Reinstate funding for MinnesotaCare

As the number of uninsured Minnesotans increases, Pawlenty seeks to cut access.

For the first time since Gov. Tim Pawlenty’s election, Minnesota is running a budget surplus, and yet the governor continues to slash dedicated health-care funding for the neediest in Minnesota.

In 1992 the Minnesota government enacted the landmark state-supported health-insurance program MinnesotaCare. This program set Minnesota apart from the rest of the nation by recognizing that health costs are unaffordable for many Americans and especially for the working poor.

Under MinnesotaCare many working families in Minnesota received adequate and consistent health care for the first time, but that changed in 2003 when the newly elected governor began raiding the insurance program’s dedicated funding.

When MinnesotaCare first was established, a 2 percent health-care provider tax – a tax that had the support of the Minnesota medical community – was set up to create a surplus known as the Health Care Access Fund. This fund was dedicated solely to pay for MinnesotaCare, but Pawlenty, seeing a politically safe and expedient way to get more money, decided rules don’t apply to him.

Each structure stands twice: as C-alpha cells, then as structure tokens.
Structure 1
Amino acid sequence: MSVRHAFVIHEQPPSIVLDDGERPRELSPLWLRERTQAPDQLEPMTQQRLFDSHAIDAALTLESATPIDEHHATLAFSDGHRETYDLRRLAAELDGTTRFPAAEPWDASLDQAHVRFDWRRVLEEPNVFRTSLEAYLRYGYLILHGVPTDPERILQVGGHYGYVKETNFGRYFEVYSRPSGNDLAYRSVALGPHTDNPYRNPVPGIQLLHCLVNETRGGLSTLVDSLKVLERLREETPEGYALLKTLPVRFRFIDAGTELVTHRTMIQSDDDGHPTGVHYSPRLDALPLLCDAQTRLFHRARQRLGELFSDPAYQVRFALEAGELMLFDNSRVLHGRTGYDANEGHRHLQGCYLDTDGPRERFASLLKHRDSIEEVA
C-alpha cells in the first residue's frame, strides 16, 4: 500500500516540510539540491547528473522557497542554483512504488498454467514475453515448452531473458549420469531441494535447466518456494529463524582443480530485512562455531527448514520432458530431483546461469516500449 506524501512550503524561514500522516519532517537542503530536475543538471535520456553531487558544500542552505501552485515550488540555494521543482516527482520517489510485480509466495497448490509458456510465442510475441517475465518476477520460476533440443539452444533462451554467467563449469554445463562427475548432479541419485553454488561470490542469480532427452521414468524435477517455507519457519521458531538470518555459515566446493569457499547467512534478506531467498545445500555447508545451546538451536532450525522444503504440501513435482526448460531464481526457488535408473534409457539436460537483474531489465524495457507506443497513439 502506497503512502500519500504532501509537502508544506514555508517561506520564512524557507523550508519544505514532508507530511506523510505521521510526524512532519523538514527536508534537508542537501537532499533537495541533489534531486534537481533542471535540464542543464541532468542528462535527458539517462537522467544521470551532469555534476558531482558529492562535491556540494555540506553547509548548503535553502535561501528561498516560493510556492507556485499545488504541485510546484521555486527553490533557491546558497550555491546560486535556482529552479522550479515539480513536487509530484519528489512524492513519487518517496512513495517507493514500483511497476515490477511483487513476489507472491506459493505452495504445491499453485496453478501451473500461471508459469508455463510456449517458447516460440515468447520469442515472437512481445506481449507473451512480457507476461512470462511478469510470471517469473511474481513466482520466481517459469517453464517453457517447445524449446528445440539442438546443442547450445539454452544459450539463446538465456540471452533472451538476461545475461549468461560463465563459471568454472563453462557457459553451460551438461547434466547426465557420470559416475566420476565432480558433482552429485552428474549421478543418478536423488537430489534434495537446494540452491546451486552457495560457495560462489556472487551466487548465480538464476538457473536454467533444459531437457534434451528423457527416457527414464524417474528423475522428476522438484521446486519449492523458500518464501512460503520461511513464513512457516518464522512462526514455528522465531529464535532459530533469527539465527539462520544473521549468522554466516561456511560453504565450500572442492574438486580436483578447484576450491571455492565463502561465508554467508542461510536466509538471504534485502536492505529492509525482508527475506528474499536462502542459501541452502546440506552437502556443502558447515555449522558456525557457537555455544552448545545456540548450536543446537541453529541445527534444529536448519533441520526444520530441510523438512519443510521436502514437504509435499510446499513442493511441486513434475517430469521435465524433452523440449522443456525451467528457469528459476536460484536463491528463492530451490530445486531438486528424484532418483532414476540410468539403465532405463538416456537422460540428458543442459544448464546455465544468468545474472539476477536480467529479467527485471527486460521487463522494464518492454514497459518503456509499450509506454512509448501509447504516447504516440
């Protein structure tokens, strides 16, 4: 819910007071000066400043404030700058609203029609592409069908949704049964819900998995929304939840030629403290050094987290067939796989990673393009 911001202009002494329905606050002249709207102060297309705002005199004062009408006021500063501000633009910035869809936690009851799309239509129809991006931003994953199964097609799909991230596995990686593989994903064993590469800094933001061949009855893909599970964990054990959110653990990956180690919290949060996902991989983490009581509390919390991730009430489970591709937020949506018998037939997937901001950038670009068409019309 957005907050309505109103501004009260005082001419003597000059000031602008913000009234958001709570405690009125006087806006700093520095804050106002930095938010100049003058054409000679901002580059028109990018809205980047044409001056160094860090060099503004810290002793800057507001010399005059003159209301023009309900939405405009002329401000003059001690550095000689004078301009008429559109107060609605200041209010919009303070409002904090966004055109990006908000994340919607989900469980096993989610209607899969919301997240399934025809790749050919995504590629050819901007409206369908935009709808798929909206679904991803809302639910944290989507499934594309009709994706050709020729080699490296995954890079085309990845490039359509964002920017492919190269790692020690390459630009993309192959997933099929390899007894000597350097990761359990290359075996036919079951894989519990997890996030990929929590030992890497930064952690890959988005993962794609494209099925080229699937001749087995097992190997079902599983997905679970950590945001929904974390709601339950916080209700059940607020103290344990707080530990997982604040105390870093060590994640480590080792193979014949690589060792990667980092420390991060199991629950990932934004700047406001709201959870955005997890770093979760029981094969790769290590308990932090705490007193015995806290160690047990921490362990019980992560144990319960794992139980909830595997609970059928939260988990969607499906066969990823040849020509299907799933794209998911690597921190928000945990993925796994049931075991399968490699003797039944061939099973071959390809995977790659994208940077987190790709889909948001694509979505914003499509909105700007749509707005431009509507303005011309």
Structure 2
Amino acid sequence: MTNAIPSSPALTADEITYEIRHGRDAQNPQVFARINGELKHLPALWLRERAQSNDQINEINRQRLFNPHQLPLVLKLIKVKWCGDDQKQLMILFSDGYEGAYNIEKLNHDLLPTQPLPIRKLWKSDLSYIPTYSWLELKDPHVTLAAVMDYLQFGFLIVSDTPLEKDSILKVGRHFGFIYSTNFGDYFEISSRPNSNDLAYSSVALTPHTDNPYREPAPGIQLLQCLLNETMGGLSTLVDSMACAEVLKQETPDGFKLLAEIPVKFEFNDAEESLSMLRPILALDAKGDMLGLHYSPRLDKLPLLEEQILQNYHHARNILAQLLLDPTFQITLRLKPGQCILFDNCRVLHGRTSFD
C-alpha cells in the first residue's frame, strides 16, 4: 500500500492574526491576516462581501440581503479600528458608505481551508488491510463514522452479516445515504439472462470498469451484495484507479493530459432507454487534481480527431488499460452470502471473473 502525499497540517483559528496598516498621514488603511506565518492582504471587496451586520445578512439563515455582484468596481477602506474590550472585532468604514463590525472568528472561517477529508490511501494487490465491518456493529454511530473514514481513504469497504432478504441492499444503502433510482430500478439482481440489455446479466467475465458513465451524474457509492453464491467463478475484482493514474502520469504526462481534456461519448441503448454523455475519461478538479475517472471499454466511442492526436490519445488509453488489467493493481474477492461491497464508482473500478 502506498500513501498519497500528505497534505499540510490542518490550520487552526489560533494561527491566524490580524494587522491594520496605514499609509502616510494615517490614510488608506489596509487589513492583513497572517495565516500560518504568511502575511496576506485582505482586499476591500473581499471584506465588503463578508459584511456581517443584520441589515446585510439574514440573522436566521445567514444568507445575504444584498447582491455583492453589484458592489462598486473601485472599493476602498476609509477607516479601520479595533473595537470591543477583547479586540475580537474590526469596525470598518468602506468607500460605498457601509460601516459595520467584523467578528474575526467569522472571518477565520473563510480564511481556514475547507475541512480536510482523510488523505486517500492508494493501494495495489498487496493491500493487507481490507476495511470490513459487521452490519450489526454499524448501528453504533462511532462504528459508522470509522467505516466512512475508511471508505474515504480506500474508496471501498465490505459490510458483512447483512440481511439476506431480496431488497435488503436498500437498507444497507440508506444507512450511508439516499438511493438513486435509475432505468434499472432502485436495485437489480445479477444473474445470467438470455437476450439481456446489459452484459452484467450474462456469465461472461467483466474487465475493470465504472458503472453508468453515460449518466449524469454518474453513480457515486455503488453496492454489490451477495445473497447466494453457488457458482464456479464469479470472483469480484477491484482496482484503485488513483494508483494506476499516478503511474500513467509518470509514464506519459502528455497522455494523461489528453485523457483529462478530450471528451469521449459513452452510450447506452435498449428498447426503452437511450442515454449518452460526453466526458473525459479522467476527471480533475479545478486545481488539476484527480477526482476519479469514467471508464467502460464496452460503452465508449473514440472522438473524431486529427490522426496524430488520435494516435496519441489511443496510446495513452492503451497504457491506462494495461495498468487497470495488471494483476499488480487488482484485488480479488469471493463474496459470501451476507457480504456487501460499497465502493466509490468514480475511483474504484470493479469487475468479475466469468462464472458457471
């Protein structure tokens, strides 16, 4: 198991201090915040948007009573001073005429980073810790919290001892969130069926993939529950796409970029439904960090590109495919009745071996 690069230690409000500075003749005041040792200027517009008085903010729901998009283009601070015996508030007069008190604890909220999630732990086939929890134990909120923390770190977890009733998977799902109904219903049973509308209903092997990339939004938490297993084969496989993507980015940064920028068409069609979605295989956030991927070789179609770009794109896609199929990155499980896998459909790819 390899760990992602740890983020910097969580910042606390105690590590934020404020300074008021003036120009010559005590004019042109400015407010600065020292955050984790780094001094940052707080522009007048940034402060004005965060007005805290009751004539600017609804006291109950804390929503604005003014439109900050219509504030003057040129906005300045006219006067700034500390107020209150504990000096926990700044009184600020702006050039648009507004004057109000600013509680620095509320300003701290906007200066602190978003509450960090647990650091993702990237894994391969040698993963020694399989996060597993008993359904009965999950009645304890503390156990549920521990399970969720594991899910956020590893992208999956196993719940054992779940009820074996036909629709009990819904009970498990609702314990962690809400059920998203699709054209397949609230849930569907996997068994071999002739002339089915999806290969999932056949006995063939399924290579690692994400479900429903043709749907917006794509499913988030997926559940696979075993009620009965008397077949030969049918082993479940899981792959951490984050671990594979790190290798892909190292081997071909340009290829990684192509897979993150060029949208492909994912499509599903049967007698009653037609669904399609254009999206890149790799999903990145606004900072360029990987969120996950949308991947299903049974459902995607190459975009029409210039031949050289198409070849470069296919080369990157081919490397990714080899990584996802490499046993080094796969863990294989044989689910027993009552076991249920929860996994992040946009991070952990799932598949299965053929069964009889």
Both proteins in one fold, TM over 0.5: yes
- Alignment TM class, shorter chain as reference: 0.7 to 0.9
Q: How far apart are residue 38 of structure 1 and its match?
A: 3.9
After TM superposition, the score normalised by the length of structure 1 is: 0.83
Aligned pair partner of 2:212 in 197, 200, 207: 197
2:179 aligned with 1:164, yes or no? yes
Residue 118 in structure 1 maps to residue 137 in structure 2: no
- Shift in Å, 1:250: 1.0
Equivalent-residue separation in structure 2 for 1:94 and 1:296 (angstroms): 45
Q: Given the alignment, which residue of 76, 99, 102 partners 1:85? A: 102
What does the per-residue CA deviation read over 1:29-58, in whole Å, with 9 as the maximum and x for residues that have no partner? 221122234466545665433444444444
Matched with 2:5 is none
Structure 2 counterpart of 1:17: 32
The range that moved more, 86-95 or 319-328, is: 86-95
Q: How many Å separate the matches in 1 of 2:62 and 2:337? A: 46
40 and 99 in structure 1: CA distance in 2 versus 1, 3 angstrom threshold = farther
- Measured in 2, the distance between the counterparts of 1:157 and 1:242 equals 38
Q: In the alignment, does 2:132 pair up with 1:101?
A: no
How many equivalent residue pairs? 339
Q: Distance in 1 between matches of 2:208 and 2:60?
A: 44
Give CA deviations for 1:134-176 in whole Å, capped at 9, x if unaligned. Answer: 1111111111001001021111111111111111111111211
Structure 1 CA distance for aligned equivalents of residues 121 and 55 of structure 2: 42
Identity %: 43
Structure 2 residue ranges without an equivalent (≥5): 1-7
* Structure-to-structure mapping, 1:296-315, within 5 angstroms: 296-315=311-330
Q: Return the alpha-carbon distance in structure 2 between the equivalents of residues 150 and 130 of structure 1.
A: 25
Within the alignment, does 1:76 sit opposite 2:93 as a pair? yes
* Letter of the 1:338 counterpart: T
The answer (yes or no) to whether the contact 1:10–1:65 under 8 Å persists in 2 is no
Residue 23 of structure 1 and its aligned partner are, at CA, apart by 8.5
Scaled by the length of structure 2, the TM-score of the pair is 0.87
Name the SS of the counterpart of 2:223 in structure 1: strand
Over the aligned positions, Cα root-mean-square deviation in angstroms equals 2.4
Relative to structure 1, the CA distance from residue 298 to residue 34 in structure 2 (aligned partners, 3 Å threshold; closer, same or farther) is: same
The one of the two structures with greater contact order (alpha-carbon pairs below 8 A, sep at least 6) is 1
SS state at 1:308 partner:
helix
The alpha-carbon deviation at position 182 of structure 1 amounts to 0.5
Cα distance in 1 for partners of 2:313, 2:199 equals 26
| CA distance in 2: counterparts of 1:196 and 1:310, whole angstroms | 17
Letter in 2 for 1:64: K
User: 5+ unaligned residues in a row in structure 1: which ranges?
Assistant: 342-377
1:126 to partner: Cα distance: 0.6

With his six-figure salary, the governor lamented that all Minnesotans had to share the pain in resolving state debt. In reality, it was just the working poor who would suffer under Pawlenty’s leadership.

Due to budget deficits and his illogical “no new taxes” pledge, Pawlenty claimed it was necessary to start restricting eligibility to MinnesotaCare. Last year 30,000 adults were cut from the program, while the governor siphoned off money from the Health Care Access Fund to pay for his political initiatives.

This year could be different. The state is not running deficits and the governor has the opportunity to reinstate health care to the thousands of people he kicked off it simply by using the dedicated funding in the way it originally was intended.

Unfortunately the governor seems to be drunk with power and satisfied with the idea of using the Health Care Access Fund as his own personal slush fund.